Alzheimer’s Predicted With Eye-Tracking
> 4/20/2009 2:48:38 PM

Until recently, the only way to reliably predict Alzheimer’s Disease was to wait until the symptoms became tragically obvious. A new test, developed at Emory University’s Yerkes National Primate Research Center, may offer a way to predict the onset of Alzheimer’s without waiting for full dementia or enduring significant inconvenience.

The Yerkes test revolves around the observation that Mild Cognitive Impairment (MCI) is correlated enough with Alzheimer’s Disease that it can be used as a predictor. The test focuses on one of the principle symptoms of MCI- difficulty remembering if something is new or has been seen before.  As MCI is by its definition mild, such memory problems may be difficult for observers, and especially the patient themselves, to detect. However, the Yerkes researchers developed a system that tracks minute eye-movements.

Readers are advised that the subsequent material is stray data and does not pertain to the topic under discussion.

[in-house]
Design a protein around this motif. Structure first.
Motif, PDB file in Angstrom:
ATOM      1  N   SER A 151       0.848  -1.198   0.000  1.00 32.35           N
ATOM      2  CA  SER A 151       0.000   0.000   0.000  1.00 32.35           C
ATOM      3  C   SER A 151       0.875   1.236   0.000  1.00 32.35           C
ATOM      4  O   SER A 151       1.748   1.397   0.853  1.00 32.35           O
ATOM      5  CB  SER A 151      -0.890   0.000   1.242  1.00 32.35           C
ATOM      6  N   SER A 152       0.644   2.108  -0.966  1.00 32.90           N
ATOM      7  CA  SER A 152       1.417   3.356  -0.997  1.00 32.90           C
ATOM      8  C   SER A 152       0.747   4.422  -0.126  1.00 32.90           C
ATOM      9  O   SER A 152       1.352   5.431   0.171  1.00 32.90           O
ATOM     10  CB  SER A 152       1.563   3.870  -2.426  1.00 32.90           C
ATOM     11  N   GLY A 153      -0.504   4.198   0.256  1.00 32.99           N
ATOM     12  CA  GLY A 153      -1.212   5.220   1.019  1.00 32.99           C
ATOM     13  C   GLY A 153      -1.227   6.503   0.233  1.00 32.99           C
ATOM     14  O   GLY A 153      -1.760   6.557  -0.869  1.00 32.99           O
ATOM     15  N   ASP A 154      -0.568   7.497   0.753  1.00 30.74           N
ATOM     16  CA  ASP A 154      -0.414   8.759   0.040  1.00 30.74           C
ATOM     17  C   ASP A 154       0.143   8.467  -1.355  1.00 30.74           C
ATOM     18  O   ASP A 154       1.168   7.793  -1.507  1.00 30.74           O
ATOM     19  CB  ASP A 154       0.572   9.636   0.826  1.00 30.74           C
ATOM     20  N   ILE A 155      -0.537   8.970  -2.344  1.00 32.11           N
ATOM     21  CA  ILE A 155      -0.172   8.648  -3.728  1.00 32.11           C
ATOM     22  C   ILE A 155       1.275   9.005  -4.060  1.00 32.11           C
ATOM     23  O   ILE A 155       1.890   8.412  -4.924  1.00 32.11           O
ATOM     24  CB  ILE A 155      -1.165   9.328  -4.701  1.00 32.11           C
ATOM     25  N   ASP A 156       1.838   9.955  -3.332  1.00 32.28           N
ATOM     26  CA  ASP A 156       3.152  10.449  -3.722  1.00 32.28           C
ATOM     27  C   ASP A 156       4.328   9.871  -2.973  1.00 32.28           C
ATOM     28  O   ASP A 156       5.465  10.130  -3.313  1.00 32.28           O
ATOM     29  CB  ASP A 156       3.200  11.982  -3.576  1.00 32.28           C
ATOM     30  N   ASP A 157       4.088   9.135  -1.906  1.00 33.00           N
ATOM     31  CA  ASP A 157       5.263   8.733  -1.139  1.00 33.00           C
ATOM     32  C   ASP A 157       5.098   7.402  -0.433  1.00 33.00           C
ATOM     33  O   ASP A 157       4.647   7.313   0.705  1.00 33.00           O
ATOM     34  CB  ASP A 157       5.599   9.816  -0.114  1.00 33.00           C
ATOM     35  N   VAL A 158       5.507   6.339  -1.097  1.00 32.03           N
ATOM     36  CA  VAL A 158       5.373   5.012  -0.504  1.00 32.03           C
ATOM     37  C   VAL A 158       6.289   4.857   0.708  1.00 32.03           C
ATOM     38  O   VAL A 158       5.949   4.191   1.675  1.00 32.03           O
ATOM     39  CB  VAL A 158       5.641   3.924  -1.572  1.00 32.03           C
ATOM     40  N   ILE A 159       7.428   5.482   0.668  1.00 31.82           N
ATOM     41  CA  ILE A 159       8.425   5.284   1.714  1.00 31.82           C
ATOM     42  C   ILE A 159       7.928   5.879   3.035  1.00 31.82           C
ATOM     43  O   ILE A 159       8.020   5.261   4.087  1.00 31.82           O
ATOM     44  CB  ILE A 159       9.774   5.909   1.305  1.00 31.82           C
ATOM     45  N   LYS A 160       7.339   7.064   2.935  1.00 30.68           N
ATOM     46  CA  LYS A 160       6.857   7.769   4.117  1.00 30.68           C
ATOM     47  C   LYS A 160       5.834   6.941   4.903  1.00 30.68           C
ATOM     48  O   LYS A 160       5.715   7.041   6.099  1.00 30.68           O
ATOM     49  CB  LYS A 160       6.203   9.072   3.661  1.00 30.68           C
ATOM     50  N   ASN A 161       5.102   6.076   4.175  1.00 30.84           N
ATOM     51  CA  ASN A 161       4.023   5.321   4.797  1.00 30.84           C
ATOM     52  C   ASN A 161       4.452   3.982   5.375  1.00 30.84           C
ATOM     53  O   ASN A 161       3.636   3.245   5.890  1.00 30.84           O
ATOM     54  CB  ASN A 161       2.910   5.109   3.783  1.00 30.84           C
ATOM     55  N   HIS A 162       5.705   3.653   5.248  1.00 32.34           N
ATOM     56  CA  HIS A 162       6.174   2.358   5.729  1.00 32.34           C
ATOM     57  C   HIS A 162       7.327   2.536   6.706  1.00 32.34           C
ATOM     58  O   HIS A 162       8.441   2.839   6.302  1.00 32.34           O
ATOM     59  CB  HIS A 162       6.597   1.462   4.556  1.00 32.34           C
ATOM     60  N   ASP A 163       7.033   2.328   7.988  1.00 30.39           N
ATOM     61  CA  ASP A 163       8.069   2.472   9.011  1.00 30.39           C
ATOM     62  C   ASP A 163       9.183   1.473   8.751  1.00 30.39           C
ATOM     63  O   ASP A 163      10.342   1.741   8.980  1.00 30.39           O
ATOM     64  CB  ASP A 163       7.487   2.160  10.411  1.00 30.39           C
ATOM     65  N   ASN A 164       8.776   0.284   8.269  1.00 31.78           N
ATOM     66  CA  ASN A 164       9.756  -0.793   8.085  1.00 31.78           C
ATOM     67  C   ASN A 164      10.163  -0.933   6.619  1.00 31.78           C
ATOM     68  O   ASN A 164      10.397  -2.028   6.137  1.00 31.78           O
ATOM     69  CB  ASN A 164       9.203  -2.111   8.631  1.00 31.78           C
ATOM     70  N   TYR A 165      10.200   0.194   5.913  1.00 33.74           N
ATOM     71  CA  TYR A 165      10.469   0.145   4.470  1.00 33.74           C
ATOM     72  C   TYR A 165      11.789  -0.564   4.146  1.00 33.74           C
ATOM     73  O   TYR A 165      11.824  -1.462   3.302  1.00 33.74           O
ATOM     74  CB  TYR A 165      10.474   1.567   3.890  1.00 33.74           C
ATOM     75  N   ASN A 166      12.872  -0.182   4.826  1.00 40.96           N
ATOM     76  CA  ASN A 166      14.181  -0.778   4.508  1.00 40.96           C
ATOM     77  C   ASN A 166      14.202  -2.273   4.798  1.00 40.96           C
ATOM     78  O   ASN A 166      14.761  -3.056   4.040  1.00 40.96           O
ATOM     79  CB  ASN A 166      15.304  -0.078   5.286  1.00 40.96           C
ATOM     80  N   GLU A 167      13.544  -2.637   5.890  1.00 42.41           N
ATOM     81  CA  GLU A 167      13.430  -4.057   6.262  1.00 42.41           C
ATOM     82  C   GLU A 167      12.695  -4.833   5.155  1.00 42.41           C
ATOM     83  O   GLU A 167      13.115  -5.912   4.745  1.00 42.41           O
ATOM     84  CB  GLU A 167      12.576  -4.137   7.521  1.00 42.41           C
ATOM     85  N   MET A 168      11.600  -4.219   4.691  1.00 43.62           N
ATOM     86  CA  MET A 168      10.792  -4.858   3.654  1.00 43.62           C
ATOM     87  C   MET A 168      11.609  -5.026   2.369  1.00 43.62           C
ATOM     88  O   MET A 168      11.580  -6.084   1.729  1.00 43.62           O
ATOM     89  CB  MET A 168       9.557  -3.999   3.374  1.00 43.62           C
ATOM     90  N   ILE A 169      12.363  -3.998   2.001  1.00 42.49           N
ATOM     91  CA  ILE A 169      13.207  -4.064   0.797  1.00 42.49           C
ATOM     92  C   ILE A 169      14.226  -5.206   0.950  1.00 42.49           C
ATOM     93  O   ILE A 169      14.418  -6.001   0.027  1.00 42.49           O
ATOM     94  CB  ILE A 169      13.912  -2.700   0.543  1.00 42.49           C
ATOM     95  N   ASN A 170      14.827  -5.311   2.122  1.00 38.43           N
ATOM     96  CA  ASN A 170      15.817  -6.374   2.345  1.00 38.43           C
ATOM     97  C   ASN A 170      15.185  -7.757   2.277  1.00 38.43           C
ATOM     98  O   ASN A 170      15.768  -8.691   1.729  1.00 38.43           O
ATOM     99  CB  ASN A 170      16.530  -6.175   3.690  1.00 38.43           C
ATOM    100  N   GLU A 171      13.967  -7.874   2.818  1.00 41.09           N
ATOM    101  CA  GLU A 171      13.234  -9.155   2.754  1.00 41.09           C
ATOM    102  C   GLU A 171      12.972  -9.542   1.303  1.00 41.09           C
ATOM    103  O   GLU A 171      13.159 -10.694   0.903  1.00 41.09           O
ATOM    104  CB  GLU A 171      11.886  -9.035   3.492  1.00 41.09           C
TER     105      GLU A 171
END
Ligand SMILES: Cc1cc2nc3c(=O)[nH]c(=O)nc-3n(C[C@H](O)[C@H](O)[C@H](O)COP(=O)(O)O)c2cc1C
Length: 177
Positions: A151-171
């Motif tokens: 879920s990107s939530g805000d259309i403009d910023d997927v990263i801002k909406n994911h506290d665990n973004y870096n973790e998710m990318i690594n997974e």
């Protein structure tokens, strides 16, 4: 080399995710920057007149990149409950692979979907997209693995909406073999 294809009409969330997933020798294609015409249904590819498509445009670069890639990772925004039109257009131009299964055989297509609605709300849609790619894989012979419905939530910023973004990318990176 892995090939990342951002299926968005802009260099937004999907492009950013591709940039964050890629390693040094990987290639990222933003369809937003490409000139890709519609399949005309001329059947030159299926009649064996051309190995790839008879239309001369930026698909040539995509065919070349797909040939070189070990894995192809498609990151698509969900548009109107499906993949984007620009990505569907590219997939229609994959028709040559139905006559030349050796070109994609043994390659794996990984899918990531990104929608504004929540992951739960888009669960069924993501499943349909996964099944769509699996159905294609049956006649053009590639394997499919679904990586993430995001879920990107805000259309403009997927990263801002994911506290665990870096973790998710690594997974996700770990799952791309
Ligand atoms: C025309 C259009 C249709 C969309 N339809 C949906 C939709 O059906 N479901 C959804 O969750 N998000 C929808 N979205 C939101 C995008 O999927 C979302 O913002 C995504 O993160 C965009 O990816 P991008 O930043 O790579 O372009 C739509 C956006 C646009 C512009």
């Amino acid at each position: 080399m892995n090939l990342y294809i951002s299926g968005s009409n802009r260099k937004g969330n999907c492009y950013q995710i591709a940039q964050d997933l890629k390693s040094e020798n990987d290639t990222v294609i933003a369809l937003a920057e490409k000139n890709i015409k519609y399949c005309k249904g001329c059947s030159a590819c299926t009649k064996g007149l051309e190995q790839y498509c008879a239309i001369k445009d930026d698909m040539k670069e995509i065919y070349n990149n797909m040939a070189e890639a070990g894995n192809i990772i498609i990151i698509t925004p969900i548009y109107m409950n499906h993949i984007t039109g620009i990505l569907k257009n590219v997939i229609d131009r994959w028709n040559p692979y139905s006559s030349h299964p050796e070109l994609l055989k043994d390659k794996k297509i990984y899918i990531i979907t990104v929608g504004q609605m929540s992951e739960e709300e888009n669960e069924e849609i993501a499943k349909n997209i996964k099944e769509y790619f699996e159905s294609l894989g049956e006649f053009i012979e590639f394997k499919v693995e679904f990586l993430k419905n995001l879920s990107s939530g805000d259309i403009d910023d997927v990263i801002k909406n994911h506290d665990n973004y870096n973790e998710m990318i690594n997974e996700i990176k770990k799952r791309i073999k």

The eye-movement system presents subjects with a series of images, two at a time. Eventually, the image pairs begin to contain one new and one previously seen image. Normal subjects rapidly shift their view to the new image, giving the old one much less attention. Subjects with MCI move their eyes between the two images more equally because they do not have solid memories of the old images and must reanalyze the details each time. 

The quick and easy assessment of MCI is crucial because 10-15% of these cases become Alzheimer’s Disease each year. An eye-movement test is incredibly simple to take and could be installed in homes so that elderly users have only to look at a few dozen images, without using any computer skills, and they will be warned when they have entered the earliest stages of dementia. 

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